Sally and Richard Price, “Saamaka Dreaming” (Duke UP, 2017)
In Saamaka Dreaming (Duke University Press, 2017), Sally and Richard Price take readers back to their initial moments of fieldwork and recall their struggles, insights and encounters as they learned to live with and understand the Saamaka Maroons in Suriname.  With poignancy and frankness they recount the ways they eventually... Read More
Martha Few, “For All Humanity: Mesoamerican and Colonial Medicine in Enlightenment Guatemala” (U Arizona Press, 2015)
Professor Martha Few’s For All Humanity: Mesoamerican and Colonial Medicine in Enlightenment Guatemala (University of Arizona Press, 2015) describes the implementation of public health reforms in late eighteenth-century Guatemala and the diverse ways that indigenous communities engaged and resisted these programs.  Contrary to expectations, colonists were often ahead of administrators in... Read More
Benjamin Bryce, “To Belong in Buenos Aires: Germans, Argentines, and the Rise of a Pluralist Society” (Stanford UP, 2018)
Benjamin Bryce, Assistant Professor of History at the University of Northern British Columbia, has written a history of belonging within a culturally plural Argentina. To Belong in Buenos Aires: Germans, Argentines, and the Rise of a Pluralist Society (Stanford University Press, 2018) describes a period from the 1880s to the... Read More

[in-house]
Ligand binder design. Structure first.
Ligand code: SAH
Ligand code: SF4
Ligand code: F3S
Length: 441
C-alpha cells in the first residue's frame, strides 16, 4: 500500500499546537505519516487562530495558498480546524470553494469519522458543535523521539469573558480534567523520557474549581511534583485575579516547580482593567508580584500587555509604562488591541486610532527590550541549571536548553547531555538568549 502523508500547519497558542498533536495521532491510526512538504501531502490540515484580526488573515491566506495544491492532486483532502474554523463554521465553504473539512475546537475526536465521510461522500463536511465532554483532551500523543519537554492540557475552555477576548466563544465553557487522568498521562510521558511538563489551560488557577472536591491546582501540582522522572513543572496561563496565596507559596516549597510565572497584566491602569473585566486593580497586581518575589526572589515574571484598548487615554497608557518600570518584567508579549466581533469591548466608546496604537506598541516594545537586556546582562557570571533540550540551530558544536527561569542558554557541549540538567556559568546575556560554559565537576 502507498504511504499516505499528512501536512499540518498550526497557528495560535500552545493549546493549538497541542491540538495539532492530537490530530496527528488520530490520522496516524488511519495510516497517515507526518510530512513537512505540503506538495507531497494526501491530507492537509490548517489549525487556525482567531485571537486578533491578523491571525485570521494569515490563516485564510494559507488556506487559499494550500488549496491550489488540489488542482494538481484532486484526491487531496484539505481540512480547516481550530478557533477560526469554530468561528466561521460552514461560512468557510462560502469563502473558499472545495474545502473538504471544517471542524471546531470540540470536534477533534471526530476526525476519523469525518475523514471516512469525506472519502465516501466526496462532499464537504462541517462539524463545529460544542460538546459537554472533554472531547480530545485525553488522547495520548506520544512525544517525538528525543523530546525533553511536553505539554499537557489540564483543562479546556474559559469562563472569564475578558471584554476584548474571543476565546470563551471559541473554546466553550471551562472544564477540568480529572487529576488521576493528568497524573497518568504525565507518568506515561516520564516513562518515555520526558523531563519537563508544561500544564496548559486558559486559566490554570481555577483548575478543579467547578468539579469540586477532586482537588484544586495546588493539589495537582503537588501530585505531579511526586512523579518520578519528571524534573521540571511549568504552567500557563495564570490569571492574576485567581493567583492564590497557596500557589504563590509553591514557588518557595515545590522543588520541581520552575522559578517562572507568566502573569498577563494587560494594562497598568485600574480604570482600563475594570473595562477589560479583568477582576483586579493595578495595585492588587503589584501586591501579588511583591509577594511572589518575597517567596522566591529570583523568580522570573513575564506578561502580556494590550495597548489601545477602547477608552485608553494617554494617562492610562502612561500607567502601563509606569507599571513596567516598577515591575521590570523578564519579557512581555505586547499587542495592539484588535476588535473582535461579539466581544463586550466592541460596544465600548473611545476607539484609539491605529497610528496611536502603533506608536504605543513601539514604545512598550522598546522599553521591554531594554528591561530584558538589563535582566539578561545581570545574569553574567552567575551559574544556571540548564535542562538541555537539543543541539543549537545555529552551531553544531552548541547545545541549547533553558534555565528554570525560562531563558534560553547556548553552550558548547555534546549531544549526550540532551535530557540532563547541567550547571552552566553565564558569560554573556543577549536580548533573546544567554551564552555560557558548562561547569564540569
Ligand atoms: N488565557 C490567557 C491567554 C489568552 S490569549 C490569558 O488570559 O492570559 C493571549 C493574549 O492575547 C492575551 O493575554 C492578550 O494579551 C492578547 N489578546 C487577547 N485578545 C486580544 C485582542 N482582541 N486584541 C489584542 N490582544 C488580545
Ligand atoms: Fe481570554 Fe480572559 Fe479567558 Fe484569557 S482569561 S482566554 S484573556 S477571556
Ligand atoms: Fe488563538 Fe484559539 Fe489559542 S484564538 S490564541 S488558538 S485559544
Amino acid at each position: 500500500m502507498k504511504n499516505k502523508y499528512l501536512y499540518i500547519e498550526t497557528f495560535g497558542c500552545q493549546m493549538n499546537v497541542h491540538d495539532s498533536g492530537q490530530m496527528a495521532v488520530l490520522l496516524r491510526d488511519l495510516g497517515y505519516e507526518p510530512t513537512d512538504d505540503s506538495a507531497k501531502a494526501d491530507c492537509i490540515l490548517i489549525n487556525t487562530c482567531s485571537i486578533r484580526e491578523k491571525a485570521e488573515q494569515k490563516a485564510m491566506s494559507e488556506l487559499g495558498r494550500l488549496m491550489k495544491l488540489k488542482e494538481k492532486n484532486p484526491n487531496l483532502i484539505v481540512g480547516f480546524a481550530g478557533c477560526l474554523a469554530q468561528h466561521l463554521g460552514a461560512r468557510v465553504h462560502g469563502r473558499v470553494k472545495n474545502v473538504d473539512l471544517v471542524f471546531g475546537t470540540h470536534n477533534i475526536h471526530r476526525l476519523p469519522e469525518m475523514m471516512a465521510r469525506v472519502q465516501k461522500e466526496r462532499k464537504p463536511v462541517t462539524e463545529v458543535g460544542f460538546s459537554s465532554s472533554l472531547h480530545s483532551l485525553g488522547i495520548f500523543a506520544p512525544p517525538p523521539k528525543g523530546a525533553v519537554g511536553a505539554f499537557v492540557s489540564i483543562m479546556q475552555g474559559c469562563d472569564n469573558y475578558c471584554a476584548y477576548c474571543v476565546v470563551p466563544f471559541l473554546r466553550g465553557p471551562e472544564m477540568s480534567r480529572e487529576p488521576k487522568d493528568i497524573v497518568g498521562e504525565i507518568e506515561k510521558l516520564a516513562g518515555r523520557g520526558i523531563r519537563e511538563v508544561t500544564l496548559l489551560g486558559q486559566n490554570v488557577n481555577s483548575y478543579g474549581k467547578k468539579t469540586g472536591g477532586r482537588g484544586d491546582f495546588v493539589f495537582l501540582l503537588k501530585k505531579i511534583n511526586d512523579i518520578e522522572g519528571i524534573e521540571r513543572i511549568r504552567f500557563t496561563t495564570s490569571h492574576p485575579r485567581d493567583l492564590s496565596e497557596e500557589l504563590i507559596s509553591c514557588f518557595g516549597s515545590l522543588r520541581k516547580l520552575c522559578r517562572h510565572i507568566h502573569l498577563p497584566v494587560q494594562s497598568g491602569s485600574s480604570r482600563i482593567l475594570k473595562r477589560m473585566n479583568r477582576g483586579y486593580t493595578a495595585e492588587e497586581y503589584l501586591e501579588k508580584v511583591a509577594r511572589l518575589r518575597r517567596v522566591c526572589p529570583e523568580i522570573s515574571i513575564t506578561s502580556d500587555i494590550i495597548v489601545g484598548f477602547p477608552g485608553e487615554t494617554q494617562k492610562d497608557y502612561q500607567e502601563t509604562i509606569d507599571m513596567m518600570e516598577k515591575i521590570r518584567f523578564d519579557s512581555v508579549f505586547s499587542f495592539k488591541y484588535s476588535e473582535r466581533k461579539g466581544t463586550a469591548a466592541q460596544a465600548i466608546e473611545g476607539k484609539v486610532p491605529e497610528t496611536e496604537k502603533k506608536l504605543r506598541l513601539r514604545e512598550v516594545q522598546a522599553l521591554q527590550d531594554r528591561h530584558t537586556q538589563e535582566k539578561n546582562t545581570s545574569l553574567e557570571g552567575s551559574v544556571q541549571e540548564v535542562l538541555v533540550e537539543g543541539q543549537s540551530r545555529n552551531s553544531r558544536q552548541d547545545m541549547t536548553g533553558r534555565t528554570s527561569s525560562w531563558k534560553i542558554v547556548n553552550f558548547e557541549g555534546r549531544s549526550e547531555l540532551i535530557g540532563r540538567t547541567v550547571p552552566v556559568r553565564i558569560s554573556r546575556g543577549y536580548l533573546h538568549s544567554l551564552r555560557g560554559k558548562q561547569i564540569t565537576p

Pablo Piccato, “A History of Infamy: Crime, Truth, and Justice in Mexico” (U California Press, 2017)
A History of Infamy: Crime, Truth, and Justice in Mexico (University of California Press, 2017) explores the definitive changes that the justice system as well as criminal ideas and practices underwent during the 1920s-1950s. For his most recent book, Pablo Piccato investigated spaces, actors, and fictions that shaped the complicated relationship... Read More
Marc Hertzman, “Making Samba: A New History of Race and Music in Brazil” (Duke UP, 2013)
In Making Samba: A New History of Race and Music in Brazil (Duke University Press, 2013), Marc Hertzman revisits the history of Brazil’s quintessential music and dance genre to explore the links between popular music, intellectual property, law, racial democracy and nation formation. Charting more than a century of samba’s... Read More
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